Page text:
Coffee with Susan Lewis

The Cape Town Book Fair is back as the South Africa Book Fair.  The longterm plan is to have an annual book fair but for it to alternate between Cape Town and Johannesburg.  My weekend plans changed and I had a chance to go yesterday.  I booked for the breakfast session: radio journalist Nancy Richards interviewing the English author Susan Lewis.
I chose the session as I knew that Susan Lewis has a breast cancer project planned and I wanted to know more about it.  The main topic of the session was how to get published and stay writing.  She had many words of advice:
Read a lot of books in the genre you wish to write.  There are many authors who who write well: learn from them. 
Choose an agent carefully.  
Recognise that as a writer, you are part of a team.  The book has to be edited, marketed and sold.  
Enjoy your first line and remember that it can be changed.

Having had the opportunity to listen to a number of well known authors talk about their lives, I have reaslised that it is hard work.  Susan Lewis, for example, has to produce 2 books a year and she does all her own research.  Judi Picoult said her year was in 2 parts: 6 months of the year was spent on research, 6 months on writing.  Add to that the emails that have to be answered.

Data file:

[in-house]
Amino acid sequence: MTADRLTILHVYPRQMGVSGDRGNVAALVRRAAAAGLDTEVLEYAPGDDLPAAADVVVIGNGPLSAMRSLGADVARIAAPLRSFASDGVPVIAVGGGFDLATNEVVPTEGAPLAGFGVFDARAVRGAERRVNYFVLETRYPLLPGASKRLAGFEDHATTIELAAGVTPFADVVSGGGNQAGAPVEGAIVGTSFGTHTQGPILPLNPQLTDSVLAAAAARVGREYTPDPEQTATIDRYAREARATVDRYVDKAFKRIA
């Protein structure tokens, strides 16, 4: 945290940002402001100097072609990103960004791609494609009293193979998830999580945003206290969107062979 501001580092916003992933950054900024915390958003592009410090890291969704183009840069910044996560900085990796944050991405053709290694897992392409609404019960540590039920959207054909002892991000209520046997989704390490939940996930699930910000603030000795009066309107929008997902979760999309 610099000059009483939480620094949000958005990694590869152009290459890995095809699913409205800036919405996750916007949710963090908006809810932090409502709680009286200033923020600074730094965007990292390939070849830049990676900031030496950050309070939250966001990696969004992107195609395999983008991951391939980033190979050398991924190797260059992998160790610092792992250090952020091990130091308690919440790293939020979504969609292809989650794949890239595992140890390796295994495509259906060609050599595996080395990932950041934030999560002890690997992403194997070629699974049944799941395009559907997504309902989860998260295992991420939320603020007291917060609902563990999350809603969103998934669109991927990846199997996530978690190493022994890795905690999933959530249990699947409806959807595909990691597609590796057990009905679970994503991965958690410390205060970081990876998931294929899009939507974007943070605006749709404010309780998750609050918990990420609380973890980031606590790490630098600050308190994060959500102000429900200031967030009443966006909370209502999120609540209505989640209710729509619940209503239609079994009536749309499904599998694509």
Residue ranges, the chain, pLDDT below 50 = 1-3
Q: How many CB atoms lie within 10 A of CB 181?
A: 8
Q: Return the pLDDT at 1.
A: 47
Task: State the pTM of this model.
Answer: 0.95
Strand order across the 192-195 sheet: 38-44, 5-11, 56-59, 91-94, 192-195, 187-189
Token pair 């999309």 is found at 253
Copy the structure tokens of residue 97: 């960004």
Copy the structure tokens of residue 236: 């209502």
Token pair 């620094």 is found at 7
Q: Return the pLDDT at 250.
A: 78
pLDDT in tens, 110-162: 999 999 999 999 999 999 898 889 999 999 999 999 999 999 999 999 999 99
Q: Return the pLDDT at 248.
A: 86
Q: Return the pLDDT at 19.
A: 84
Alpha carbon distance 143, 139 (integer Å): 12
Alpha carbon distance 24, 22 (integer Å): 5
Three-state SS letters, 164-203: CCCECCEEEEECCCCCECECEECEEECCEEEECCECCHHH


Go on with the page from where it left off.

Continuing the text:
After the formal session, I had coffee with Susan and talked to her about her project for Breast Cancer Care.  Susan's involvement with breast cancer started when her mother died of breast cancer.  Earlier this year, she wrote a book "Never Say Goodbye".  I haven't read the book yet but understand it to be about the friendship between 2 women from different backgrounds.  One develops breast cancer and undergoes treatment.  During the course of writing the book, Susan became more involved with Breast Cancer Care and is inviting people to send in stories about support.  The stories will then be compiled into a book and the proceeds will go to Breast Cancer Care.

During my working life, I am privileged to hear extraordinary stories of hope, courage and support.  Do you think we should compile a Southern African version of personal stories?  Could we use narrative to dispel some of the myths preventing women from seeking help?

Susan: thank you for time and inspiration.  It is up to us to do something locally.

1 comment:

  1. Being an author is surely hard work. YOu have to gather all teh thoughts and incidents then pen them all down. Sometimes writing personal lives is also a difficult task.